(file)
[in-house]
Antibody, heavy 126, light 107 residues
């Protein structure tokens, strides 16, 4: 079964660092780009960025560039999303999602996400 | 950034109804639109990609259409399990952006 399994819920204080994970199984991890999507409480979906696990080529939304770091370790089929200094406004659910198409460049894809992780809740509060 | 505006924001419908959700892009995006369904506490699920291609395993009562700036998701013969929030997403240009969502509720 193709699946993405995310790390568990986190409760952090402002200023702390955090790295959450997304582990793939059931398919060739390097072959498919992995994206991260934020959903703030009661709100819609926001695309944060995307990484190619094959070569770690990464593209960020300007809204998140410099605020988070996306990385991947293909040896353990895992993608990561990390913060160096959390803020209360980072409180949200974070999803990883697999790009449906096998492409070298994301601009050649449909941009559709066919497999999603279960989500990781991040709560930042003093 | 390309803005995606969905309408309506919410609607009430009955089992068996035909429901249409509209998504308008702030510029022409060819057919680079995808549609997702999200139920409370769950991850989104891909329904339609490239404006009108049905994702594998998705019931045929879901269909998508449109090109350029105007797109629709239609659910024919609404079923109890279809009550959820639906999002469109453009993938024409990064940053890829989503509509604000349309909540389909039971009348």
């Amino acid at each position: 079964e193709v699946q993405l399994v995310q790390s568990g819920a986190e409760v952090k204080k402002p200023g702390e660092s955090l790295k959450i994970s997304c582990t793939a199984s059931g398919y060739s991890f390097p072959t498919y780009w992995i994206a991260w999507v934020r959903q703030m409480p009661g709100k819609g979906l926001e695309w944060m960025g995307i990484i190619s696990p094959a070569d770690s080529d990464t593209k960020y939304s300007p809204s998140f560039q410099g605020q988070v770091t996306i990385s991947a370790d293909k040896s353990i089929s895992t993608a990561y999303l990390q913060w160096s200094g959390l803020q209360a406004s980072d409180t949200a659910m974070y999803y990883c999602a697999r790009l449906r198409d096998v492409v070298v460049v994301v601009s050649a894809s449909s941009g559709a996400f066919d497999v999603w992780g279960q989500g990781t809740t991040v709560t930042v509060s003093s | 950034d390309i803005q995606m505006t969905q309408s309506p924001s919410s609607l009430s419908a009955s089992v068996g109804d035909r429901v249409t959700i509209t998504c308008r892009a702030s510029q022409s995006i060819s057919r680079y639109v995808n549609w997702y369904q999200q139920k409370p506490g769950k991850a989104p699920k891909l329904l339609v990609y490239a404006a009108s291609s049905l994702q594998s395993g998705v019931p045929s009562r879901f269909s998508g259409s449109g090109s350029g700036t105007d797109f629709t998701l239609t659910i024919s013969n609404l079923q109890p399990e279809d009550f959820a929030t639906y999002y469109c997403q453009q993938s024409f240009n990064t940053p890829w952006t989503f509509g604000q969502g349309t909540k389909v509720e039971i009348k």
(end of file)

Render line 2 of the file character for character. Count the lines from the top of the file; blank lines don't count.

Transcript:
Antibody, heavy 126, light 107 residues